A sign displayed on Bruckner Building reads ‘Commercial Space Available’ in the Port Morris neighborhood of the Bronx borough of New York. For a limited time, investors who develop real estate or fund businesses in opportunity zones are able to defer capital gains on profits earned elsewhere and completely eliminate them on new investments in 8,700 low-income census tracts.
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Time is nearly up for the largest tax break on this hot new investment.
So-called qualified opportunity funds were created by the Tax Cuts and Jobs Act of 2017.
These funds offer taxpayers a chance to invest in economically distressed communities and snag an attractive tax break for doing so — provided they stay in the fund for at least five years.
The offerings are so new that the IRS and the Treasury Dept. have been struggling to hammer out new guidance on this provision.
On Dec. 19, the federal agencies issued a round of final regulations detailing the types of real estate properties that are eligible, as well as the circumstances in which investors can capture a tax benefit.
To top it all off, investors who want the maximum tax break have only until Dec. 31 to make the approved investments.
“If you’re not well on the way to that already, you won’t get it done,” said Edward Renn, partner on the private client and tax team for law firm Withers LLP. “Wait until next year and find something that will do well.”
Those who put their capital gains into a qualified opportunity fund in 2020 may be eligible for a 10% exclusion of those gains if they hold onto the fund for at least five years.
Money invested prior to the new year is eligible for a 15% exclusion if invested for at least seven years.
Investors have put close to $4.5 billion into qualified opportunity funds as of Dec. 10, according to Novogradac, an accounting consultancy that specializes in real estate. The firm surveyed 184 funds.
Cities seeing the most investment are Los Angeles, New York, St. Louis, Indianapolis and Nashville, Tennessee, said Michael Novogradac, CPA and managing partner at the eponymous firm.
Here’s what you should know before you jump in.
How it works
Office buildings in New York
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To make this worth your while, you must generate significant capital gains — perhaps by selling a business. Cash you invest from other sources is considered “non-qualified” and is ineligible for the tax break, said Renn.
You have 180 days from the sale of your property to roll your gains into a qualified fund, which invests in property that’s located in an opportunity zone.
You can defer taxes on the capital gains that you invest in the fund either until you sell your holding or Dec. 31, 2026, whichever is earlier.
The longer you hold the fund, the sweeter the tax break.
If you remain in the fund for more than five years, you can exclude 10% of your originally deferred gains.
Stick around for more than seven years — that is, make your investment by Dec. 31, 2019 — and the exclusion goes up to 15%.
If you wind up waiting until 2020 to invest, you’d be eligible for the 10% exclusion on your invested gains.
In addition, those who own the fund for at least 10 years won’t owe taxes on any appreciation once they sell their holding.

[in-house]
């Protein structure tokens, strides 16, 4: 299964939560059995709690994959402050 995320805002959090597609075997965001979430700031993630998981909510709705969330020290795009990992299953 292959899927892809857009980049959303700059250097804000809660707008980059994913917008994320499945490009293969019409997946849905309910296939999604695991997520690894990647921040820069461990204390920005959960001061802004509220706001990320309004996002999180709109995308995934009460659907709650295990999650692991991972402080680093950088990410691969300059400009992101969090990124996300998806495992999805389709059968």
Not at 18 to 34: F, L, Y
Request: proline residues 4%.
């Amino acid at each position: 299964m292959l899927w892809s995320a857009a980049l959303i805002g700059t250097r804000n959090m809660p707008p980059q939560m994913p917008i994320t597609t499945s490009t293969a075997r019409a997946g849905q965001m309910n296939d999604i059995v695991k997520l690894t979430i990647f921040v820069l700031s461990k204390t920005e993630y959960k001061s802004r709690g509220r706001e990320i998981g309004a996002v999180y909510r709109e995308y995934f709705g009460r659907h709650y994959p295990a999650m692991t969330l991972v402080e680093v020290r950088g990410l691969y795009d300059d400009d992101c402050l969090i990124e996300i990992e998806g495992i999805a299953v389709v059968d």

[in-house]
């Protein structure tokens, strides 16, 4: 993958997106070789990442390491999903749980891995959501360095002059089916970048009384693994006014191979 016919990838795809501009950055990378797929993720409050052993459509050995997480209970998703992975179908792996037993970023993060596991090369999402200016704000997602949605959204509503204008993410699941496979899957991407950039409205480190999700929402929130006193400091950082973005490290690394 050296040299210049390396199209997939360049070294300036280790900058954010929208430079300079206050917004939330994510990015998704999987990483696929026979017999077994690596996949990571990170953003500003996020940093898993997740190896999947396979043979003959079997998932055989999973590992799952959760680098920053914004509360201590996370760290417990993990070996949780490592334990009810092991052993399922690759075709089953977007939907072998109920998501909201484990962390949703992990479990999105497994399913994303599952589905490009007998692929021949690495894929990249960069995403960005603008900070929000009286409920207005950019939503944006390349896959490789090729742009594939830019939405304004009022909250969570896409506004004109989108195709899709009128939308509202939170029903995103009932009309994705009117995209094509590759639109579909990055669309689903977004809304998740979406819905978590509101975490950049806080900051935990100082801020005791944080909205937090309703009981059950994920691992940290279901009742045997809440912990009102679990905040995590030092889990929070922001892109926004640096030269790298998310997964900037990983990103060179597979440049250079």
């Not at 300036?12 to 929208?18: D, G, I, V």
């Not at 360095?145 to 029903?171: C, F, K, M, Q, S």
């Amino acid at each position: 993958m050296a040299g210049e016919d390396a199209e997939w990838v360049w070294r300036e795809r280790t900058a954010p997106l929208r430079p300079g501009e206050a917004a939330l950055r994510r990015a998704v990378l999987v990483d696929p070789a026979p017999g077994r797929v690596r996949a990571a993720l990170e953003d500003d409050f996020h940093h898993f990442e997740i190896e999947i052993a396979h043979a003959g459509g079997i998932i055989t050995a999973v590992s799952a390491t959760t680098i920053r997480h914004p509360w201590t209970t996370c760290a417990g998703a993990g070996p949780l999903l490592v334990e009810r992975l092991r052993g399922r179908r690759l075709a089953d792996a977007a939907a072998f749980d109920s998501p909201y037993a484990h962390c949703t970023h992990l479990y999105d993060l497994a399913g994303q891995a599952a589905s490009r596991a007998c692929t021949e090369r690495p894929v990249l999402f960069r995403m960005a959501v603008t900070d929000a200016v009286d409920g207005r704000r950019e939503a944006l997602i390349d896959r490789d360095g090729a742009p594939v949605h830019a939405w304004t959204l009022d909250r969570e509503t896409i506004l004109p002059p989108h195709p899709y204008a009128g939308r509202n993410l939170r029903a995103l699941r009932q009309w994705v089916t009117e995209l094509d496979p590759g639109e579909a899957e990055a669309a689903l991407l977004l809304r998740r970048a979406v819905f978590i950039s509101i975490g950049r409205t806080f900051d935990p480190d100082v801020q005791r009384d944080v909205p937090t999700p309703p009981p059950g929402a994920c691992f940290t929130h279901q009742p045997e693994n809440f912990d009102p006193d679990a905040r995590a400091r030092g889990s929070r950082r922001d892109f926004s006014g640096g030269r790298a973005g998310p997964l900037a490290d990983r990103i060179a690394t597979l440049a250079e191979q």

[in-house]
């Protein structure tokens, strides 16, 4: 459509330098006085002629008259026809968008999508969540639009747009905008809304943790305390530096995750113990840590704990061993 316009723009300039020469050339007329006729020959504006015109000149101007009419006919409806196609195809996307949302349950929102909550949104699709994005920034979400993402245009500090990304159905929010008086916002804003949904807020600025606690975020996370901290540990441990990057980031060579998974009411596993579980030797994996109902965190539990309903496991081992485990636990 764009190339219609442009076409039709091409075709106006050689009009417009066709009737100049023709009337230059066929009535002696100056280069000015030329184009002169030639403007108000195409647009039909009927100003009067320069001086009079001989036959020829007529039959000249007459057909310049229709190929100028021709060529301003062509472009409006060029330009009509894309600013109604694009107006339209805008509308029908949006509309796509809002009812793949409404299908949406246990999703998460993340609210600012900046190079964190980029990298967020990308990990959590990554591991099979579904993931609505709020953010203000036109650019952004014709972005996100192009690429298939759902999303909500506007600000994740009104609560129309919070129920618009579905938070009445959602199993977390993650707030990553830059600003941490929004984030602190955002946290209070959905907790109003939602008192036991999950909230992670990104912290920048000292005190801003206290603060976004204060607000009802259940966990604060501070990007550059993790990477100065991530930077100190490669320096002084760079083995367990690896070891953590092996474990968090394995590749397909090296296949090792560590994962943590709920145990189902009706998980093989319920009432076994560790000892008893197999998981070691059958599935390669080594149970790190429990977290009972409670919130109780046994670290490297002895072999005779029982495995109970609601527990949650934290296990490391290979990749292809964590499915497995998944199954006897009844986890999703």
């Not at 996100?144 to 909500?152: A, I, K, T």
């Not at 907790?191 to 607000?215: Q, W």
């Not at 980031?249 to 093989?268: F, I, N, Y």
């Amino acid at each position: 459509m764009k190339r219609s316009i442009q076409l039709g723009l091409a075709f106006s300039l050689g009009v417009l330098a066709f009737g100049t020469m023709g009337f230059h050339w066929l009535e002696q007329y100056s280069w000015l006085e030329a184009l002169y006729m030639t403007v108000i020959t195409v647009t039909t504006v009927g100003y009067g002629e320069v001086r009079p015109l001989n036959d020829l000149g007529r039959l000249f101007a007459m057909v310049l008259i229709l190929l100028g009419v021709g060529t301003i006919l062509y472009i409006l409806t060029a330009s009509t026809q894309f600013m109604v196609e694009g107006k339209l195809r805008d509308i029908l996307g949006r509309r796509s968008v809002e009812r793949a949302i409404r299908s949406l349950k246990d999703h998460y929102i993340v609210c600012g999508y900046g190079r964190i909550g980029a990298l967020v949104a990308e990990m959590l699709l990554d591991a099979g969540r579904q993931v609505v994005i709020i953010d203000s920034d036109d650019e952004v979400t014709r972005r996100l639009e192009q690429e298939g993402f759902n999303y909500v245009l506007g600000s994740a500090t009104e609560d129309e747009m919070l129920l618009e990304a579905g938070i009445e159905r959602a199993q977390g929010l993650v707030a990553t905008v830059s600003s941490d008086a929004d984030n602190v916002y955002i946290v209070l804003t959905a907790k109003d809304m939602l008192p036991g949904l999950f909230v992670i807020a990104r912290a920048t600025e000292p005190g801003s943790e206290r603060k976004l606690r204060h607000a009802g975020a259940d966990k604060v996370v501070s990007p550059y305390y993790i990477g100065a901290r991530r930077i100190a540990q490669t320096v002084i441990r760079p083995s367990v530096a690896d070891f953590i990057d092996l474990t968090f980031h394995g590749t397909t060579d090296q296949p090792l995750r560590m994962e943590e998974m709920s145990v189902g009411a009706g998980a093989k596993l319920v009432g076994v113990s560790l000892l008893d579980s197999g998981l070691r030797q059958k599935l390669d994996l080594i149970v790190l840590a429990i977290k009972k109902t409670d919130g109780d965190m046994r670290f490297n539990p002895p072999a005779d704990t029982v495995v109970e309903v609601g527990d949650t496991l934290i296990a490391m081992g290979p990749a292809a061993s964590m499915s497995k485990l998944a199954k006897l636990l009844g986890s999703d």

Not for novices
An ‘Available’ sign is displayed outside a former Walmart Inc. store in Boulder, Colorado, U.S., on Saturday, Jan. 12, 2019. For a limited time, investors who develop real estate or fund businesses in opportunity zones are able to defer capital gains on profits earned elsewhere and completely eliminate them on new investments in 8,700 low-income census tracts. The goal is to reinvigorate these areas.
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Qualified opportunity funds aren’t for the uninitiated.
For starters, since these investments involve real estate, there’s an element of complexity and illiquidity.
“There are smaller investors who do this, as well,” said Richard LaFalce, a partner at Morgan Lewis. “They might have their own capital and identify a piece of real estate that they want to acquire and are becoming not just the investor but the operator.”
Investors in these funds also face layers of expenses, including selling commissions, managing dealer fees and other costs.
“There are complicated offering statements,” said Renn. “What you’re going to look at is a significant tranche of fees – some are reasonable, and some aren’t.”
Well-to-do investors could, in theory, create their own qualified opportunity fund, he said.
Accredited investors must have a net worth of at least $1 million, excluding their residence, and income exceeding $200,000 in each of the last two years. This threshold goes up to $300,000 for a married couple.
No investor should go into this without consulting an accountant or a financial advisor. That’s because ownership in a fund can come with unexpected tax-planning consequences.
For instance, if you split from your spouse and you transfer your interest in the fund to your ex, per the divorce decree, you now must recognize the deferred gain on your taxes, according to the final regulations published earlier this month.
Further, if you gift your interest in a qualified opportunity fund to your child while you’re still deferring your capital gains, you must include that deferred gain on your tax return.
“That’s a nightmare and another thing to worry about,” said Dan Herron, CPA and principal of Elemental Wealth Advisors in San Luis Obispo, California. “The inclusion events are the hardest terrain to navigate with this sort of thing.”